Peru probes death of trans man in Bali

Peru Indonesia Transgender
A drawing highlighting the late transgender man Rodrigo Ventosilla during a protest to demand justice over his death in Indonesia, outside the special prosecutor’s office in Lima, Peru, on Wednesday, August 31, 2022.
AP Photo/Cesar Campos

Bowing to pressure from activists, prosecutors in Peru have launched an investigation into the suspicious death of a transgender man from Peru who died in custody in Bali after he was arrested for alleged cannabis possession.

Rodrigo Ventosilla (whose surname has been alternatively spelled Ventosilla and Ventocilla in news reports) was 32 years old and attended graduate school at Harvard when he traveled to Bali on August 6 with his partner, Sebastian Marallano, to celebrate their honeymoon. Ventosilla was detained upon arriving at the airport and died five days later after he suffered what authorities described as a “failure of bodily functions.” Marallano was also detained, but was later released.

There are conflicting reports about what exactly was in Ventosilla’s possession when he was detained. According to the Associated Press, authorities said he had brownies that were believed to contain cannabis, but The Harvard Crimson — which conducted an interview with his mother, Ana — reported that Indoesian police found a grinder “and other items containing marijuana.”

Ventosilla’s death and the Peruvian government’s initial response to the case fueled outrage and protests in Peru. While Ventosilla’s family and LGBTQ advocates expressed concern about racial discrimination and transphobia in the case, Peru’s foreign ministry sought to shift the narrative by pointing to Indonesia’s stringent policies regarding drugs.

“It is widely known that Indonesia has a zero tolerance policy when it comes to possession of drugs and their derivatives,” the foreign ministry noted.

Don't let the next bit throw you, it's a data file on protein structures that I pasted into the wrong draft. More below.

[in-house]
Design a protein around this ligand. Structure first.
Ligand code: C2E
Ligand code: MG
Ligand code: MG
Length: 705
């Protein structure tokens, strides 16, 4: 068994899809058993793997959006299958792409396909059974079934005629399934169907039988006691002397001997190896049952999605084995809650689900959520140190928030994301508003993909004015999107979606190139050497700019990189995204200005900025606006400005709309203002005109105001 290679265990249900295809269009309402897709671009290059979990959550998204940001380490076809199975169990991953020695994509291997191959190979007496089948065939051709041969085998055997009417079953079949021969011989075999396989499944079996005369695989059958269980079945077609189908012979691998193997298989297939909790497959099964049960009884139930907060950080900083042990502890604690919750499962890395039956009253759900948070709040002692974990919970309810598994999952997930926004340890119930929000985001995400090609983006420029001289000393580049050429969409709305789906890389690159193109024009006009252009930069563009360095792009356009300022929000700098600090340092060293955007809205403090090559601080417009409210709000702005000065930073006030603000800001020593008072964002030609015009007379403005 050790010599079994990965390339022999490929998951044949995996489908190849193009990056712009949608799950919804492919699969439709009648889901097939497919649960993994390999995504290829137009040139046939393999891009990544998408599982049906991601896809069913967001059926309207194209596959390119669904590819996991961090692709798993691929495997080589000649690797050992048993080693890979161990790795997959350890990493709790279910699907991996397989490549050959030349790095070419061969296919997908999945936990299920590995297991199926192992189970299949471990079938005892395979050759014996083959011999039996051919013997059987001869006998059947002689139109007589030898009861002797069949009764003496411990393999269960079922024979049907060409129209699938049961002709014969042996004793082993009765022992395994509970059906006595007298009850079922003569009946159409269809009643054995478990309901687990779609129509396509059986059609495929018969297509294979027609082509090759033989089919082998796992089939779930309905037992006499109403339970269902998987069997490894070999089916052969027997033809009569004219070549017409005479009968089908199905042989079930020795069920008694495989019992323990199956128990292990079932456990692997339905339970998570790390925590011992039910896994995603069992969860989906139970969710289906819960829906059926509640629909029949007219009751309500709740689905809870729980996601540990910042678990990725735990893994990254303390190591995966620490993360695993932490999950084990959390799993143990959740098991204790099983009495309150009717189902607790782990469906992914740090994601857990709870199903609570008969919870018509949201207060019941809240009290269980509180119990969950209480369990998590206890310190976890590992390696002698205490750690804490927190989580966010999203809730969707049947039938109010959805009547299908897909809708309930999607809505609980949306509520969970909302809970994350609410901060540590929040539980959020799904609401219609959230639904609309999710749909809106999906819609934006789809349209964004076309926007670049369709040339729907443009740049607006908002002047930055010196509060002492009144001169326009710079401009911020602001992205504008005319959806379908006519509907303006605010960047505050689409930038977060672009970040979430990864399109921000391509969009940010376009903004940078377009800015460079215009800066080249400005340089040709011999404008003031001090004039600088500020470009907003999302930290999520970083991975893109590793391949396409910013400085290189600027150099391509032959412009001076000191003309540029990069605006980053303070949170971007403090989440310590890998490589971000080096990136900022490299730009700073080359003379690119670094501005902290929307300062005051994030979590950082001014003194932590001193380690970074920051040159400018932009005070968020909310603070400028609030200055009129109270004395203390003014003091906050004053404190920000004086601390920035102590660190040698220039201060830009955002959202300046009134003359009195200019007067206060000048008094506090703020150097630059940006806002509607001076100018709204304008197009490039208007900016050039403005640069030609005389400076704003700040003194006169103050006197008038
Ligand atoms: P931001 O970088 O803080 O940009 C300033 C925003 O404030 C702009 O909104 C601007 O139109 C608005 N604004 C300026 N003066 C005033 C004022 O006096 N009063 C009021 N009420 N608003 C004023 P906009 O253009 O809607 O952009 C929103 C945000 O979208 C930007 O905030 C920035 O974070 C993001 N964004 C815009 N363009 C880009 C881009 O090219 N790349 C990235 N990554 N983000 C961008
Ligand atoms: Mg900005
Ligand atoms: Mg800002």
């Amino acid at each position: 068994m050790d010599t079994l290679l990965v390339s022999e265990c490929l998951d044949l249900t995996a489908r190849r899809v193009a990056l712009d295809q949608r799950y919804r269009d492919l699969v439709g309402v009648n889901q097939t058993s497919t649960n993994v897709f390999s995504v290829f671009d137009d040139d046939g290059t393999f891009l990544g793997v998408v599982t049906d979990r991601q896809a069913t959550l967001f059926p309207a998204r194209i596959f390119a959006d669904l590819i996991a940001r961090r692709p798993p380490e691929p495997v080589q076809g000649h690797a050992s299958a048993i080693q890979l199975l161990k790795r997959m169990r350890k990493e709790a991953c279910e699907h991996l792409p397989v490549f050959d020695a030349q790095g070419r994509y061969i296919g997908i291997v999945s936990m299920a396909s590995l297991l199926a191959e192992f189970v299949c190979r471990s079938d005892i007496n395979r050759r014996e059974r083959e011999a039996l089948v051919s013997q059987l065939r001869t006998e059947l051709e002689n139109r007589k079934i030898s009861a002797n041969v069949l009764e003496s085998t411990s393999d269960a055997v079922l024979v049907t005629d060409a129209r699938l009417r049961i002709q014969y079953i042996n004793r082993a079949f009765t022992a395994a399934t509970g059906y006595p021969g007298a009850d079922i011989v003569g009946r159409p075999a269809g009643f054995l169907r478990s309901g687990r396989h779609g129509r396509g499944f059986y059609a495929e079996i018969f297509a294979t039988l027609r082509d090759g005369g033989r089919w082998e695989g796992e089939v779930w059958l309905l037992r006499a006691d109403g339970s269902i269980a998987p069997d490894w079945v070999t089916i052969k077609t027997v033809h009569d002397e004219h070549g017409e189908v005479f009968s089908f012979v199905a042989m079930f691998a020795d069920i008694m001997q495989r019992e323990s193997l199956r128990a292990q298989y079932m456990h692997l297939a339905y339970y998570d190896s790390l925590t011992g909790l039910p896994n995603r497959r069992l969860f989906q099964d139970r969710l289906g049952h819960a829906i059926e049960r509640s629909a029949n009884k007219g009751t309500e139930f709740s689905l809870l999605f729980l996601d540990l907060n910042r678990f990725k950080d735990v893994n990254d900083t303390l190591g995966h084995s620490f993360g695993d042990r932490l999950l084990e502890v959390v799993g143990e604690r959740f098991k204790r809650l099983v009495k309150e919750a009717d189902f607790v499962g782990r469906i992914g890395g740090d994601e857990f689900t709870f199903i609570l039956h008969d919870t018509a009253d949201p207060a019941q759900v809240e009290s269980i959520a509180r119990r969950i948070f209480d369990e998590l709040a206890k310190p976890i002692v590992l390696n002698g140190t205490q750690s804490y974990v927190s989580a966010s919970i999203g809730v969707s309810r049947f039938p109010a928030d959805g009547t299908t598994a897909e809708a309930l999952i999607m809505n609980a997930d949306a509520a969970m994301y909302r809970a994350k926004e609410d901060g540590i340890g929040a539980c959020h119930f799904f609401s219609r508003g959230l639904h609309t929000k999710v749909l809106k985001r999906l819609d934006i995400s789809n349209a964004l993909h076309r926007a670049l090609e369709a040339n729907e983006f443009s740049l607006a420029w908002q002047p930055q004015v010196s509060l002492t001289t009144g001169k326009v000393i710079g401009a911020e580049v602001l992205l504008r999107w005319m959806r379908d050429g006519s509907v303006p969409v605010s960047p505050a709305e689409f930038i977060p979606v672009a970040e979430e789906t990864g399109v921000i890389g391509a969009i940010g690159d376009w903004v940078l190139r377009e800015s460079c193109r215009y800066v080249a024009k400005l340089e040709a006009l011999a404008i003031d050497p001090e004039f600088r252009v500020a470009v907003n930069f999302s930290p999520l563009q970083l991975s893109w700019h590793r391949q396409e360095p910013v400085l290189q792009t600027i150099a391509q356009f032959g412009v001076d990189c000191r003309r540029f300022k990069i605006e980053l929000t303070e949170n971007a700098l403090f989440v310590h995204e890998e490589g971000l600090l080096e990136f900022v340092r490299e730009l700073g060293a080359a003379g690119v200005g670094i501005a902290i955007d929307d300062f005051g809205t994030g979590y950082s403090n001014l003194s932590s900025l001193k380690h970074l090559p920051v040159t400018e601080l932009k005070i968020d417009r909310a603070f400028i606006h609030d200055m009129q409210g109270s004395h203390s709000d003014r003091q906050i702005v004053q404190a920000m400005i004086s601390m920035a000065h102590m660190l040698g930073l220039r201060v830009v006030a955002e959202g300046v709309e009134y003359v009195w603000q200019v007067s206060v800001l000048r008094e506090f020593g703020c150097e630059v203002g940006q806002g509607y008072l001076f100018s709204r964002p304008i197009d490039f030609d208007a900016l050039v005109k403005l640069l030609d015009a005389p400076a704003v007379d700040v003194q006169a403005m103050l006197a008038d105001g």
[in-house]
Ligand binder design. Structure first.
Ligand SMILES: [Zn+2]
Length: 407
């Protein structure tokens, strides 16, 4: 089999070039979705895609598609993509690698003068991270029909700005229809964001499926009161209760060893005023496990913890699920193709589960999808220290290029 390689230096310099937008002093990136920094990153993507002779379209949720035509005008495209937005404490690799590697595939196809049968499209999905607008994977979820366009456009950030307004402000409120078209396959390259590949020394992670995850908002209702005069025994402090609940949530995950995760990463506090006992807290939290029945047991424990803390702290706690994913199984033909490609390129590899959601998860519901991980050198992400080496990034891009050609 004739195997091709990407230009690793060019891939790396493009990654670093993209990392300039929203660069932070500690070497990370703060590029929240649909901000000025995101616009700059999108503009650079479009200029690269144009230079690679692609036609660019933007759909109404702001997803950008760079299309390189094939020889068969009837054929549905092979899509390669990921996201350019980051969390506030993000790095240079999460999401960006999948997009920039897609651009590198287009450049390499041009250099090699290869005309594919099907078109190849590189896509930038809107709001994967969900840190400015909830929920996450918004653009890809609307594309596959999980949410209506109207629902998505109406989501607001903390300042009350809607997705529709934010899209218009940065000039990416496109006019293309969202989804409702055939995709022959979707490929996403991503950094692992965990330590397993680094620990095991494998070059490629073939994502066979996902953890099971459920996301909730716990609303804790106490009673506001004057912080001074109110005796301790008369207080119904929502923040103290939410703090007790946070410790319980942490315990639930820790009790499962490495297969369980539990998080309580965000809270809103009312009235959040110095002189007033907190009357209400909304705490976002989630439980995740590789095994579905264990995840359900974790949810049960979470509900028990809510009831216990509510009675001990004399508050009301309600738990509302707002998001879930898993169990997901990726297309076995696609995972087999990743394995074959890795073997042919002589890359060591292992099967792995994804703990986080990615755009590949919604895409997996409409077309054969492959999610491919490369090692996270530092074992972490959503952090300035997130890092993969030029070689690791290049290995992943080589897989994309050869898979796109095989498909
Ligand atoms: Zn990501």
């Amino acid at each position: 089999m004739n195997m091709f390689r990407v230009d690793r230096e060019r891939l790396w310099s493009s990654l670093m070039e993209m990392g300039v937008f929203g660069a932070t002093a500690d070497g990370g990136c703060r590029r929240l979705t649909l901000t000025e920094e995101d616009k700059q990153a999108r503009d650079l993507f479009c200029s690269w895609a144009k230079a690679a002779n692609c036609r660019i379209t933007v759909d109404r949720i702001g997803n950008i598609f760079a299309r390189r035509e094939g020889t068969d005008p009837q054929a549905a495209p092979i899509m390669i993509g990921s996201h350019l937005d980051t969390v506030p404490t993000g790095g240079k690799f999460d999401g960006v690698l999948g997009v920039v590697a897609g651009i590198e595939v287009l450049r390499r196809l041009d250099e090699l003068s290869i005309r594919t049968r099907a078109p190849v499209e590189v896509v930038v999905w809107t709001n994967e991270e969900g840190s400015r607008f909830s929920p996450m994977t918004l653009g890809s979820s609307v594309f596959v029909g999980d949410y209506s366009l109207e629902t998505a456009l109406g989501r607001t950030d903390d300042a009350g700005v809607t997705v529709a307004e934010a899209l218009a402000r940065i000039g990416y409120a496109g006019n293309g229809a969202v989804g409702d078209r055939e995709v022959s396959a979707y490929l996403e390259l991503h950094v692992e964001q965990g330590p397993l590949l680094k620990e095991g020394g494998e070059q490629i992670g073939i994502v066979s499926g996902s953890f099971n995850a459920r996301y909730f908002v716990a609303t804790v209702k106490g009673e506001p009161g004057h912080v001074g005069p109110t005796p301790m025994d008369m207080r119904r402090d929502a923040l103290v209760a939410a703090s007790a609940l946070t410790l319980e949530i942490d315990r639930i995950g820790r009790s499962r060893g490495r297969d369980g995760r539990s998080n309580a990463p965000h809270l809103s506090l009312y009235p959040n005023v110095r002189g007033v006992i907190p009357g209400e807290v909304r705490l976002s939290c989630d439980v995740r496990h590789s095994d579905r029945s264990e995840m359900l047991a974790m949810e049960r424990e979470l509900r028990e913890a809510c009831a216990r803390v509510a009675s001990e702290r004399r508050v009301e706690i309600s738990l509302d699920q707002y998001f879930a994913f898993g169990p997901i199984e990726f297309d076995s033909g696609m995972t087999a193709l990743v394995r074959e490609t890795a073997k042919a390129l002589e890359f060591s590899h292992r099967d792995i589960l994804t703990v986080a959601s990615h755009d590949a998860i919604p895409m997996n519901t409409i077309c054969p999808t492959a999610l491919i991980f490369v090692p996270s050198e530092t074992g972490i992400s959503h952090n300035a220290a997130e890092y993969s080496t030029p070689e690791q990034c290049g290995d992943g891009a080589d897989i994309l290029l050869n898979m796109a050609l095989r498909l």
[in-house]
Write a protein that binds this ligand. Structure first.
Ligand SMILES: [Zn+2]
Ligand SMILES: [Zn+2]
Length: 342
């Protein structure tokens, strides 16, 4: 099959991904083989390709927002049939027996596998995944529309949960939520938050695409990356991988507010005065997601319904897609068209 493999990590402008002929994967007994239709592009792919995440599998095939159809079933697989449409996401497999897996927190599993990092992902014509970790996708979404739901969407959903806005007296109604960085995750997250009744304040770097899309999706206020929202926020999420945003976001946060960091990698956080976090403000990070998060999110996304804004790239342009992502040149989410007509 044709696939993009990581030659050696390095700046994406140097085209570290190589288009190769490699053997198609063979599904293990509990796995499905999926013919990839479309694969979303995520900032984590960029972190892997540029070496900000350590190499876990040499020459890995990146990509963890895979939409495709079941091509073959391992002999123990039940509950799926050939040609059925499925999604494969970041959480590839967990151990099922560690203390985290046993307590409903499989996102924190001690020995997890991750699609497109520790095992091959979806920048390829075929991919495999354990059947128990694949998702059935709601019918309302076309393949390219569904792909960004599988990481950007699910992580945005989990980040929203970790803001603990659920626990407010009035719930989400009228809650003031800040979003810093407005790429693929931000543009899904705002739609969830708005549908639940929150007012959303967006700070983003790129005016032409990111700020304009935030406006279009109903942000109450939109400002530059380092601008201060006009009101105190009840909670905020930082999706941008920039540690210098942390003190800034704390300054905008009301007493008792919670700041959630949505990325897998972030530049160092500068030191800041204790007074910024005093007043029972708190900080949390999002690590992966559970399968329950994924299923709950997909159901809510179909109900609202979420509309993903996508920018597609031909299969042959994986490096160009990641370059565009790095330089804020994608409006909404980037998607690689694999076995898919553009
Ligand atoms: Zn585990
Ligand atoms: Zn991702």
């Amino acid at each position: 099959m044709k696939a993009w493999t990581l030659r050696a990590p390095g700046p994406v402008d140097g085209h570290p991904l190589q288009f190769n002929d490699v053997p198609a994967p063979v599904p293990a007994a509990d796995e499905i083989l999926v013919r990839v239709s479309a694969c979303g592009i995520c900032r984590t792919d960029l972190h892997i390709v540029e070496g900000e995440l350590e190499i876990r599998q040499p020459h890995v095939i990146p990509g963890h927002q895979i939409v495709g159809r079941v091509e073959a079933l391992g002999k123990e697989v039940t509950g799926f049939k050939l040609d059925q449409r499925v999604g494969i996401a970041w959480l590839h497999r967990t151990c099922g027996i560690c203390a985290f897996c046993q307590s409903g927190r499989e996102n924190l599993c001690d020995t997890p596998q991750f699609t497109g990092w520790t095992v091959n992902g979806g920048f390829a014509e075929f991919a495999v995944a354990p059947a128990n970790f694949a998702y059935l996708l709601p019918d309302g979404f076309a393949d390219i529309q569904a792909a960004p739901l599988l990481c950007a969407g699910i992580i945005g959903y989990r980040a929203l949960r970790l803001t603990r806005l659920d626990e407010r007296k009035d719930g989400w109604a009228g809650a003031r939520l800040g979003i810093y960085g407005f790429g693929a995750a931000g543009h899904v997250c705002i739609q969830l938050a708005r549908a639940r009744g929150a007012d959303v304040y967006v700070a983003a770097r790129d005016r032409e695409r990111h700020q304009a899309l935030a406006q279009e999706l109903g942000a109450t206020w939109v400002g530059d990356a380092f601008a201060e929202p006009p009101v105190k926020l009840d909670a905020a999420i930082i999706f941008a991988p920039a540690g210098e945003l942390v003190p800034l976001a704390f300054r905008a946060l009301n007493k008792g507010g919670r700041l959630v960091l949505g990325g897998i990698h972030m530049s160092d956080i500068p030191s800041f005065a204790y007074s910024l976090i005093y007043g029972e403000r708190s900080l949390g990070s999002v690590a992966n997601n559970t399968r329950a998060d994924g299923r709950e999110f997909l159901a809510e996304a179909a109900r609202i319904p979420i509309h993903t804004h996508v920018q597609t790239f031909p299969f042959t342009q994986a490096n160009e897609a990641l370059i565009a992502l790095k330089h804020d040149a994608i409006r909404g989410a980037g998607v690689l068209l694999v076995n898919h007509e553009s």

In a series of statements posted on Facebook, an organization called Diversidades Trans Masculinas blamed the “reluctance” of the Peruvian government and said Ventosilla was detained “for his gender expression.” The group said Ventosilla’s suitcase contained remains of cannabis and drugs for undisclosed mental health conditions.

The group further alleged that both Ventosilla and Marallano were victims of extortion and “forced to ingest the pills” for which Ventosilla was detained.

Indoensian officials said Ventosilla was taken to a hospital on August 9 due to depression and stomach pains, and he died on August 11.

“Sebastian was rescued thanks to the articulation of families and human rights organizations, despite the indifference of the Peruvian government and the obstruction of the Peruvian consulate,” the group wrote on Facebook. “The consul… decided not to act,” ignoring “the pleas of the families and the international community…”

Luzmo Henriquez, a lawyer for Ventosilla’s family, vowed to file a complaint with Indonesian authorities accusing them of torture, and on September 1, Peru’s public ministry responded to the pressure by committing to performing an autopsy. Officials further said they would investigate both the allegations of torture and complaints that the Peruvian consulate failed to protect Ventosilla.

The government’s commitment to an autopsy only came after Diversidades Trans Masculinas demanded it so Ventosilla could “rest in dignity and be watched over by those we love him.”

Indonesian authorities are denying any mistreatment. According to Reuters, Indonesia is considering the case to be closed.

LGBTQ travelers have experienced hostility in Bali, which drew criticism last year when a queer American couple faced deportation after an individual was arrested for posting about the country’s “queer-friendly” atmosphere. In a statement at the time, immigration officials in Bali said that the posts were controversial because marriage equality was not legal there.